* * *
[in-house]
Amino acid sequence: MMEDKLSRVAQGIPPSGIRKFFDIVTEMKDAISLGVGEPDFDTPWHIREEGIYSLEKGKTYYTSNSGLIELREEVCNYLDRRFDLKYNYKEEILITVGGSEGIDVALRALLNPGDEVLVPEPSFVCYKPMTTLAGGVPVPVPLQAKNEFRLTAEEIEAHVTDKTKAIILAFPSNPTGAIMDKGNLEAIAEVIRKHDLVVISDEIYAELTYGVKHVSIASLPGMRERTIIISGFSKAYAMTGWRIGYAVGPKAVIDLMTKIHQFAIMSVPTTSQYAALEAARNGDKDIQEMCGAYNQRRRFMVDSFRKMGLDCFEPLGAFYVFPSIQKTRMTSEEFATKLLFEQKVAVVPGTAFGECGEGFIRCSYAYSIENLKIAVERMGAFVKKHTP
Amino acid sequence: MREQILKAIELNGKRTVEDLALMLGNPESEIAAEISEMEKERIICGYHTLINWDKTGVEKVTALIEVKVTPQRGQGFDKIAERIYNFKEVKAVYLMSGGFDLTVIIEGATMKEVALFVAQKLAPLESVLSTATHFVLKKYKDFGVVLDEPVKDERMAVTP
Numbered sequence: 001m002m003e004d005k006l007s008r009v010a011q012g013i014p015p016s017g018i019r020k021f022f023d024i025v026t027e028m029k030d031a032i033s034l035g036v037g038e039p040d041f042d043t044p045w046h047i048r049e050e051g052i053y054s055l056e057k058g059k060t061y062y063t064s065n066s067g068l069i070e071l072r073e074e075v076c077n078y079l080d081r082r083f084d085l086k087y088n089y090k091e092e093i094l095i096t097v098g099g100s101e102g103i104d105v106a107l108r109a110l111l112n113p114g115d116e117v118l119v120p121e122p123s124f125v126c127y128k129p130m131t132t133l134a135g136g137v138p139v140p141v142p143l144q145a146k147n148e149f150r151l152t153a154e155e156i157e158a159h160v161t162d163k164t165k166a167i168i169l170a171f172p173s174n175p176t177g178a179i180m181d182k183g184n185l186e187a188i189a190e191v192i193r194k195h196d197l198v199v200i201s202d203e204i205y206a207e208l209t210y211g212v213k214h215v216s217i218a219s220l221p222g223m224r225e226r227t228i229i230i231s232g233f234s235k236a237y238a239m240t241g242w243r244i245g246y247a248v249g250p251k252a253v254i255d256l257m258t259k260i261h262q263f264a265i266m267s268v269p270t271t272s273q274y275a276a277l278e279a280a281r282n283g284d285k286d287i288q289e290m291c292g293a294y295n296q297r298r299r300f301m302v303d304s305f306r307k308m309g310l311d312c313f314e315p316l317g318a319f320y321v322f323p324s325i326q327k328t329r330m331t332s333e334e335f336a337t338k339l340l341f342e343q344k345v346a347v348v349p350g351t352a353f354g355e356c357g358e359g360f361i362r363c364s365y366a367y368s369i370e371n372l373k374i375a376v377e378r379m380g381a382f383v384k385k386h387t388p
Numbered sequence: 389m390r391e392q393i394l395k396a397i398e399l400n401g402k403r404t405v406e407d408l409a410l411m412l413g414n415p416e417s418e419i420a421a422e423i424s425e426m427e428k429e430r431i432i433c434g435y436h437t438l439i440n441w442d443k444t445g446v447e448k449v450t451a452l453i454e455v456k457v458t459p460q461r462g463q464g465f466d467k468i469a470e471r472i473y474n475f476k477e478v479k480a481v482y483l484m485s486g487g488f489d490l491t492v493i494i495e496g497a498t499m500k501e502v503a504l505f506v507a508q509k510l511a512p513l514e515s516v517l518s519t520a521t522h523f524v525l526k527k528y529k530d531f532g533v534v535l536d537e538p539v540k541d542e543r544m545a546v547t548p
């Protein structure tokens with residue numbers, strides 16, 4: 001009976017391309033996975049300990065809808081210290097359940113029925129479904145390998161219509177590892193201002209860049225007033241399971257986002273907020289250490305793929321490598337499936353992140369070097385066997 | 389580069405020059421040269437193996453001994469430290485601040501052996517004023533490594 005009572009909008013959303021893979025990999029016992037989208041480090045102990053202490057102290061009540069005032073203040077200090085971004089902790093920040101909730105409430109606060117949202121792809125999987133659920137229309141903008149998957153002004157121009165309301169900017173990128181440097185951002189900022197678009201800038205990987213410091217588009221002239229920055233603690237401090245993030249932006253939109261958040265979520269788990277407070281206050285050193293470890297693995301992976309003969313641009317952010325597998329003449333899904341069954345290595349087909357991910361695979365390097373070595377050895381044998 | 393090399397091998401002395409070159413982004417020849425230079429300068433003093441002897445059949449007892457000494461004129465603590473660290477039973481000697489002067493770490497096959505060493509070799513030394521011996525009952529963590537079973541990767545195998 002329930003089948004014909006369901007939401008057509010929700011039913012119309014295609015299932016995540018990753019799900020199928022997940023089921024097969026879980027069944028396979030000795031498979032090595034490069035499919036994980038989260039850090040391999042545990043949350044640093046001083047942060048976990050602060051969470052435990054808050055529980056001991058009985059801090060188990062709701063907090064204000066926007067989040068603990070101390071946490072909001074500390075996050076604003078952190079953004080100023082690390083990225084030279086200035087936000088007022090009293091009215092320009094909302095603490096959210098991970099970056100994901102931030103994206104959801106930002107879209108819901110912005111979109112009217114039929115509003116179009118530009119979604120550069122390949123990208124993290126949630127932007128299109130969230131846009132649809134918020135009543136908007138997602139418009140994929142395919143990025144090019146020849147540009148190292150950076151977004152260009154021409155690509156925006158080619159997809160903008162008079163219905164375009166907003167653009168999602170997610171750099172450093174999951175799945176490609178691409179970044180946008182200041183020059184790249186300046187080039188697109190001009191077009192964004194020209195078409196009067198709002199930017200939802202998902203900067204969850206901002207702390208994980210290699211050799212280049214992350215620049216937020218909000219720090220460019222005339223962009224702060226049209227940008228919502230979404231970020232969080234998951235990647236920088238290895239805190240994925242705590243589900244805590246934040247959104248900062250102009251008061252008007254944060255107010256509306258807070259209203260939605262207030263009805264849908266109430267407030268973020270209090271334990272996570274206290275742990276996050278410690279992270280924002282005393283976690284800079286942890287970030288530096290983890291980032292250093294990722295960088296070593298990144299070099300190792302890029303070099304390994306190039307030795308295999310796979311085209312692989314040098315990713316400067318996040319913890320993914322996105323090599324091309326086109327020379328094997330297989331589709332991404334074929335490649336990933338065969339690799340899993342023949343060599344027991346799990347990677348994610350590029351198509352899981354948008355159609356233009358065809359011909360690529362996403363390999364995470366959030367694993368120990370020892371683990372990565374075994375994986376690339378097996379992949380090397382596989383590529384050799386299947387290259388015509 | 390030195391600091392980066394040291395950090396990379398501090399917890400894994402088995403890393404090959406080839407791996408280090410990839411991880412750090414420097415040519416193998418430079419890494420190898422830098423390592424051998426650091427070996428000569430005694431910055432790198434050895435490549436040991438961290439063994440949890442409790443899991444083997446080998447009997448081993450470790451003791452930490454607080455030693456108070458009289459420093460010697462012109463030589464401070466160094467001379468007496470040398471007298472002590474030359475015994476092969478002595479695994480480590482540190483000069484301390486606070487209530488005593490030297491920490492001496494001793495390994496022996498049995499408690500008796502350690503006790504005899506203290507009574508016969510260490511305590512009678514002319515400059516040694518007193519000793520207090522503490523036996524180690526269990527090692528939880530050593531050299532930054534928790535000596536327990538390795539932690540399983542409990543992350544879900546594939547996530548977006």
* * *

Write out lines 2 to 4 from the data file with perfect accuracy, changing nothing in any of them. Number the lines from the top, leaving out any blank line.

Amino acid sequence: MMEDKLSRVAQGIPPSGIRKFFDIVTEMKDAISLGVGEPDFDTPWHIREEGIYSLEKGKTYYTSNSGLIELREEVCNYLDRRFDLKYNYKEEILITVGGSEGIDVALRALLNPGDEVLVPEPSFVCYKPMTTLAGGVPVPVPLQAKNEFRLTAEEIEAHVTDKTKAIILAFPSNPTGAIMDKGNLEAIAEVIRKHDLVVISDEIYAELTYGVKHVSIASLPGMRERTIIISGFSKAYAMTGWRIGYAVGPKAVIDLMTKIHQFAIMSVPTTSQYAALEAARNGDKDIQEMCGAYNQRRRFMVDSFRKMGLDCFEPLGAFYVFPSIQKTRMTSEEFATKLLFEQKVAVVPGTAFGECGEGFIRCSYAYSIENLKIAVERMGAFVKKHTP
Amino acid sequence: MREQILKAIELNGKRTVEDLALMLGNPESEIAAEISEMEKERIICGYHTLINWDKTGVEKVTALIEVKVTPQRGQGFDKIAERIYNFKEVKAVYLMSGGFDLTVIIEGATMKEVALFVAQKLAPLESVLSTATHFVLKKYKDFGVVLDEPVKDERMAVTP
Numbered sequence: 001m002m003e004d005k006l007s008r009v010a011q012g013i014p015p016s017g018i019r020k021f022f023d024i025v026t027e028m029k030d031a032i033s034l035g036v037g038e039p040d041f042d043t044p045w046h047i048r049e050e051g052i053y054s055l056e057k058g059k060t061y062y063t064s065n066s067g068l069i070e071l072r073e074e075v076c077n078y079l080d081r082r083f084d085l086k087y088n089y090k091e092e093i094l095i096t097v098g099g100s101e102g103i104d105v106a107l108r109a110l111l112n113p114g115d116e117v118l119v120p121e122p123s124f125v126c127y128k129p130m131t132t133l134a135g136g137v138p139v140p141v142p143l144q145a146k147n148e149f150r151l152t153a154e155e156i157e158a159h160v161t162d163k164t165k166a167i168i169l170a171f172p173s174n175p176t177g178a179i180m181d182k183g184n185l186e187a188i189a190e191v192i193r194k195h196d197l198v199v200i201s202d203e204i205y206a207e208l209t210y211g212v213k214h215v216s217i218a219s220l221p222g223m224r225e226r227t228i229i230i231s232g233f234s235k236a237y238a239m240t241g242w243r244i245g246y247a248v249g250p251k252a253v254i255d256l257m258t259k260i261h262q263f264a265i266m267s268v269p270t271t272s273q274y275a276a277l278e279a280a281r282n283g284d285k286d287i288q289e290m291c292g293a294y295n296q297r298r299r300f301m302v303d304s305f306r307k308m309g310l311d312c313f314e315p316l317g318a319f320y321v322f323p324s325i326q327k328t329r330m331t332s333e334e335f336a337t338k339l340l341f342e343q344k345v346a347v348v349p350g351t352a353f354g355e356c357g358e359g360f361i362r363c364s365y366a367y368s369i370e371n372l373k374i375a376v377e378r379m380g381a382f383v384k385k386h387t388p